Christopher Rochelle

Dr Christopher Rochelle

BGS Keyworth


I have over 30 years research experience of various aspects of the geochemistry of fluid-rock interactions. This includes extensive experience designing, constructing, operating and interpreting experimental investigations into fluid-rock interactions over a wide range of temperatures and pressures, and in the management of the work programmes. Most of my work has strong linkages to ‘energy’ issues, and in particular securing sources of it and disposing of waste products from it. I am manager of the BGS Hydrates and Ices Laboratory.My interest in the geochemistry of gas-water-rock reaction processes is supported through a combination of lab experiments, observation of natural analogues, and computer modelling studies. I have a particular interest in non-equilibrium systems where reaction kinetics plays an important role.I am also interested in ‘environmental gas monitoring’, and the migration of gases from the shallow geosphere to the atmosphere. this involves sampling of boreholes, soil gas monitoring, and UAV-based gas detection systems

Christopher Rochelle’s Biography

  • 1986 –1990 : PhD, Earth Sciences, Leeds University, ‘Fluid-rock interaction in the Miravalles Geothermal Field, Costa Rica. Mineralogical and experimental studies’
  • 1983 –1986 : MSc, Chemistry with Geochemistry, Leicester University

Research interests

  • Reactions under geothermal conditions: High temperature geothermal fields offer renewable energy to many parts of the world. Understanding high temperature geochemical reactions is crucial to geothermal exploitation as these control rock permeability, and hence fluid production rates. They also control issues in engineered infrastructure, such as scaling within production pipes. I use the BGS Hydrothermal Laboratory to study these high temperature reaction processes. I also sample rocks, waters and gases form active geothermal areas to better understand how fluid-rock reactions impact fluid flow pathways via permeability changes.An exciting new development is ‘supercritical geothermal energy’, which may be able to deliver 10 times the energy per well compared to conventional geothermal wells. However, geochemical reactions at these extreme conditions (>374°C, >220 bar) are poorly understood and require further study.
  • Gas hydrates: I am interested in the types and morphologies of sediment-hosted hydrates, their relationships with sediments and porewater, and their contribution to bulk sediment properties. Also the mechanisms by which they breakdown, and the impact of hydrate breakdown on sediment strength.
  • CO2 storage: The underground storage of CO2 is seen as a possible way to limit emissions of anthropogenic CO2 to the atmosphere whilst we develop new, non-fossil fuel ways to generate the large quantities of energy we need for our modern societies.I study the geochemical processes resulting from storing the CO2 deep underground, though a combination of elevated pressure/temperature laboratory experiments, natural analogues, and predictive modelling. At storage depths (>37°C, >80 bar), the CO2is a supercritical fluid, and dissolves in water to produce a mildly-acidic water that can react with rocks, or borehole infrastructure. These reactions initiate dissolution and precipitation and can slowly produce new carbonate minerals that can effectively trap the CO2 for geological timescales.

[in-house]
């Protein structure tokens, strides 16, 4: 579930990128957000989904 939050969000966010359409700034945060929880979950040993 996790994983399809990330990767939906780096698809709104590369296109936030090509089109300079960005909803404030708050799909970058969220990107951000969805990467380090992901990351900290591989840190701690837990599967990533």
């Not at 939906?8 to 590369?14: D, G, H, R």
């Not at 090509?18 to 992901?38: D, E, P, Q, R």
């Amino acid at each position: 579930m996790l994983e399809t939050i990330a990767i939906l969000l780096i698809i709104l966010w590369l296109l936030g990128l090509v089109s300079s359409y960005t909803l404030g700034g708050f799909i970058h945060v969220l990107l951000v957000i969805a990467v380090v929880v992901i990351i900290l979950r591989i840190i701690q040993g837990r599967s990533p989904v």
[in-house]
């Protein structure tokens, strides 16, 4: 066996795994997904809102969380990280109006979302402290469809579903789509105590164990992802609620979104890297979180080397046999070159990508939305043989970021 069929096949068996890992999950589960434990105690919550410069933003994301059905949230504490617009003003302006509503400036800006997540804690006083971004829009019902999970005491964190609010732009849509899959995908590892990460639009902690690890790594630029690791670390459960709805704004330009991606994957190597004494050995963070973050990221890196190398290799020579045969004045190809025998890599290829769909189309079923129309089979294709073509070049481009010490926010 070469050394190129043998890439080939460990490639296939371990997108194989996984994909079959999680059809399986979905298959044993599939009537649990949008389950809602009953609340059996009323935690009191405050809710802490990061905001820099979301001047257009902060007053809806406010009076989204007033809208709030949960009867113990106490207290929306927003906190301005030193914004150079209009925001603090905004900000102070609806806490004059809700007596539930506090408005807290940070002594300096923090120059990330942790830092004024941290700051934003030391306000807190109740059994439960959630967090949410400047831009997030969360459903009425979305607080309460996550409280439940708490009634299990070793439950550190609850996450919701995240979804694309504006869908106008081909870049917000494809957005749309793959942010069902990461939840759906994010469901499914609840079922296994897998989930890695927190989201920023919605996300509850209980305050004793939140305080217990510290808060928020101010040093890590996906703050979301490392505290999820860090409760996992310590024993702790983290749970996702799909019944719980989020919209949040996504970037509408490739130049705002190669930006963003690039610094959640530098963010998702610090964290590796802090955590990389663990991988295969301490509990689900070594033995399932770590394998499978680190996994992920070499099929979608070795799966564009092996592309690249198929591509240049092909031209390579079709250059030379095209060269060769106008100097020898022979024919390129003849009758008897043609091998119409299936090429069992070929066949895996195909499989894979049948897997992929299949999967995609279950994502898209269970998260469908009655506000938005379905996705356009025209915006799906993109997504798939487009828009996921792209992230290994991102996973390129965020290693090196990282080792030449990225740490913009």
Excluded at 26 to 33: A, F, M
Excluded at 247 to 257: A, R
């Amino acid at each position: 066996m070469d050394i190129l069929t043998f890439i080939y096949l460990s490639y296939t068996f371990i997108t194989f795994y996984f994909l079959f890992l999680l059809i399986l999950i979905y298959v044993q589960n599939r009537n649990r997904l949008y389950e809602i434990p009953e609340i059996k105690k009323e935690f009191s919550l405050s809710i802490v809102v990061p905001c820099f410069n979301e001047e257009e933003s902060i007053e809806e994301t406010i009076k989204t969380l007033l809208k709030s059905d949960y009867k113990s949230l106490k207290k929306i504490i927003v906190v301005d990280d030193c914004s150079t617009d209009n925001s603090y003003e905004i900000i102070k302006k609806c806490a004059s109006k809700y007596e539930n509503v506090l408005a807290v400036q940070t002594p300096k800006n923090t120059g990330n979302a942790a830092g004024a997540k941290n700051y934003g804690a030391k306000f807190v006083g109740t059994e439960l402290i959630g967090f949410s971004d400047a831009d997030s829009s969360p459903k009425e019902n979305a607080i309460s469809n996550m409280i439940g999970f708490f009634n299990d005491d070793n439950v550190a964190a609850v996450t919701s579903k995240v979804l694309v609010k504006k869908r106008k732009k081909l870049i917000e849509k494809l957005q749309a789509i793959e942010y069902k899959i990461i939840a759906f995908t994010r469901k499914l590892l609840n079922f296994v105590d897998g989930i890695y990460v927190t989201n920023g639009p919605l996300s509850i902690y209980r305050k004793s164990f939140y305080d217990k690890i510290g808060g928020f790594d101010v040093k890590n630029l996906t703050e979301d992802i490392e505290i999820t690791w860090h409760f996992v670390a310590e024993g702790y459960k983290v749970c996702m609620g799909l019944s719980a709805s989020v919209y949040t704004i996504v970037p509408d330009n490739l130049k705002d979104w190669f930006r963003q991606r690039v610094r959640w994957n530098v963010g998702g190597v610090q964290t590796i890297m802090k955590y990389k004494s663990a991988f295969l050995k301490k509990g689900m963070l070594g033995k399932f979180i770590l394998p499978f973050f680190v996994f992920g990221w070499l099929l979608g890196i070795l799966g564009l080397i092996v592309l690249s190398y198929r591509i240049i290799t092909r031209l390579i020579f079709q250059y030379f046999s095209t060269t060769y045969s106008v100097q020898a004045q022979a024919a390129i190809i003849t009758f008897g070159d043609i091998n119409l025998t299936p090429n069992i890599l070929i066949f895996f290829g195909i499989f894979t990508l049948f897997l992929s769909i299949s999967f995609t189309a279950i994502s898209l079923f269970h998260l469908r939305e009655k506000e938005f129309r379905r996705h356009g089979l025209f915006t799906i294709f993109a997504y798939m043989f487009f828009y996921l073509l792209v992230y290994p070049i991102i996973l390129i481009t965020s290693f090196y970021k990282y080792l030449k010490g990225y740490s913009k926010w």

• Cement and alkaline fluids: Cement is crucial to both; sealing boreholes (e.g. above underground stores of CO2, and maintaining alkaline conditions within some designs of radioactive waste repositories. It is important therefore that we understand how cements behave in the subsurface, and how their alkaline porefluids impact the surrounding rocks. I use information from laboratory experiments, natural analogues, and predictive modelling to study the mechanisms of reaction of highly alkaline fluids with a range of rock types. An important issue is to understand dissolution/precipitation reactions that increase or decrease porosity/permeability, and hence impact fluid flow.I also study the impact of CO2 on cement, including; the mechanisms of cement alteration during carbonation processes, its impact on cement microstructure, and the implications this has on cement porosity/permeability.
  • Environmental gas monitoring: This is a vital tool to demonstrate site containment, inform regulators, and allay public concerns. This is particularly important above sites of CO2 or methane storage, and also close to shale gas operations. However, it also plays an important role in monitoring other systems, such as volcanoes, permafrost, wetlands, and landfill sites. My specific interests in this area are to develop new and innovative sensors and methods of sensor deployment, with a view to monitoring sites in as effective way as possible within reasonable timescales


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